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Trends in Chromatography   Volumes    Volume 6 
Biogenesis of infractine alkaloids in Cortinarius infractus: Importance of 5-Hydroxytriptophane pathway in biogenesis of alkaloids in mushrooms
Ilia Brondz, Klaus Høiland
Pages: 23 - 30
Number of pages: 8
Trends in Chromatography
Volume 6 

Copyright © 2010 Research Trends. All rights reserved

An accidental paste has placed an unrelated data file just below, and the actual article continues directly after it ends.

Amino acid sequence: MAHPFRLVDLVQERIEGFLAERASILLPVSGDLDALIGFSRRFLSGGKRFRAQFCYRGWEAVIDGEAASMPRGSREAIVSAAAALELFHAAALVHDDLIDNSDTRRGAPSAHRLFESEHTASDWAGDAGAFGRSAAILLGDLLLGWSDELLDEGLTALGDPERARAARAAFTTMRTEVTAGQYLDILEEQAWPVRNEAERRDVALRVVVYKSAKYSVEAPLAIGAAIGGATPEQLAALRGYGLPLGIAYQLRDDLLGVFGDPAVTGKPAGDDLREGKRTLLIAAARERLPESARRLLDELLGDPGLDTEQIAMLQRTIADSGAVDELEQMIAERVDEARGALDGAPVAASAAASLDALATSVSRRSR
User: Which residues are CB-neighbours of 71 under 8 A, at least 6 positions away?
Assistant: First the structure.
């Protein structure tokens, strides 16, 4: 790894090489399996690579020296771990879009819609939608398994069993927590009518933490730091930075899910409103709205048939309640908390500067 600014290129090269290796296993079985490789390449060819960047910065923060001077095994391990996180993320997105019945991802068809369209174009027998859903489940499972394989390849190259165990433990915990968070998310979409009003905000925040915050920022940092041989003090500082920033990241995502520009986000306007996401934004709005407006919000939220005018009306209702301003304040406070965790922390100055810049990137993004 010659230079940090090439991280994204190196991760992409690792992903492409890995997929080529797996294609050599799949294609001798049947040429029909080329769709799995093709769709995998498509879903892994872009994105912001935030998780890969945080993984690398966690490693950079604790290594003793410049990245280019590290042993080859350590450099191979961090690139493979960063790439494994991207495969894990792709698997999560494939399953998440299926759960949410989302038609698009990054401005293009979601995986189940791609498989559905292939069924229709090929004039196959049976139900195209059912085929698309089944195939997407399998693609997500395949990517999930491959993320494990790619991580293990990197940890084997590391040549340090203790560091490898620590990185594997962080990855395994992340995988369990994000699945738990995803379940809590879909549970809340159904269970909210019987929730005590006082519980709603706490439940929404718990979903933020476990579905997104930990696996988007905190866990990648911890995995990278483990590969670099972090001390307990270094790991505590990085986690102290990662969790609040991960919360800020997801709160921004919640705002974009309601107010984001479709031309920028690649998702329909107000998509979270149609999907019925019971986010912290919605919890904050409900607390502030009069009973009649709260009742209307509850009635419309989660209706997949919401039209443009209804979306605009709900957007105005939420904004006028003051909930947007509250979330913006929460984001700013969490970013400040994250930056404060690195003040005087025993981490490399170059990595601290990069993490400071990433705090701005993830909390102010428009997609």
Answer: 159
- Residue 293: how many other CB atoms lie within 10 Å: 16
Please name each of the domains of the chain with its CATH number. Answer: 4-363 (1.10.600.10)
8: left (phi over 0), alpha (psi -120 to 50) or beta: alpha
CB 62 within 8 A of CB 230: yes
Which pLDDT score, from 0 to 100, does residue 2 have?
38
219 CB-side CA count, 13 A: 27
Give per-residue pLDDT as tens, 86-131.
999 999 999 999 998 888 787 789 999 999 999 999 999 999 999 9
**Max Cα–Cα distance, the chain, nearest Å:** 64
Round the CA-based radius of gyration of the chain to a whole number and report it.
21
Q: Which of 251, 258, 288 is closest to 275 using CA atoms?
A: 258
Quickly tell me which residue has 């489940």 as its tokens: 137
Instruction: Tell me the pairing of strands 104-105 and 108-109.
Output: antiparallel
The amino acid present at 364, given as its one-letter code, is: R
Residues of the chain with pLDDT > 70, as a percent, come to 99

Cortinarius infractus (Pers.: Fr.) Fr. (brown spored mushrooms in Agaricales, Basidiomycota) are characterized by an overall olivaceous color on the basidiocarp, globose to subglobose spores, and a more or less bitter taste. The bitter taste may be caused by the presence of the bitter indole alkaloid infractopicrine. C. infractus is classified into the subgenus Phlegmacium according to the traditional infrageneric systematic of Cortinarius. Secondary metabolites were analyzed using high performance liquid chromatography (HPLC) equipped with a diode array detector (DAD) and mass spectrometry (MS) with pneumatically assisted electrospray ionization EI source, and gas chromatography-MS with a supersonic beams (GC-MS with SMB). HPLC-MS recorded the presence of β-carboline-1-propionic acid, 6-hydroxy- β-carboline-1-propionic acid, 5-hydroxytryptophan, and infractopicrine in C. infractus. The fraction that tentatively included 5-hydroxytryptophan was collected and analyzed by GC-MS with SMB to verify the hypothesis that C. infractus contains β-carboline-1-propionic acid-like alkaloids. The recorded spectral data were consistent with previously published information [1-3]. The presence of 6-hydroxy-β-carboline-1-propionic acid and 5-hydroxytryptophan in C. infractus was recorded by direct measurement. The biogenesis of 5-hydroxytryptophan and 6-hydroxy-β-carboline-1-propionic acid from tryptophan in C. infractus is proposed and is explained in schemas. The biogenesis of alkaloids and toxins via the 5-hydroxytryptophan pathway in plants may have been underestimated because of the general belief that 5-hydroxytryptophan is a rare amino acid that is seldom found in living systems and that exists mainly as an intermediate transmitter in the nervous system.
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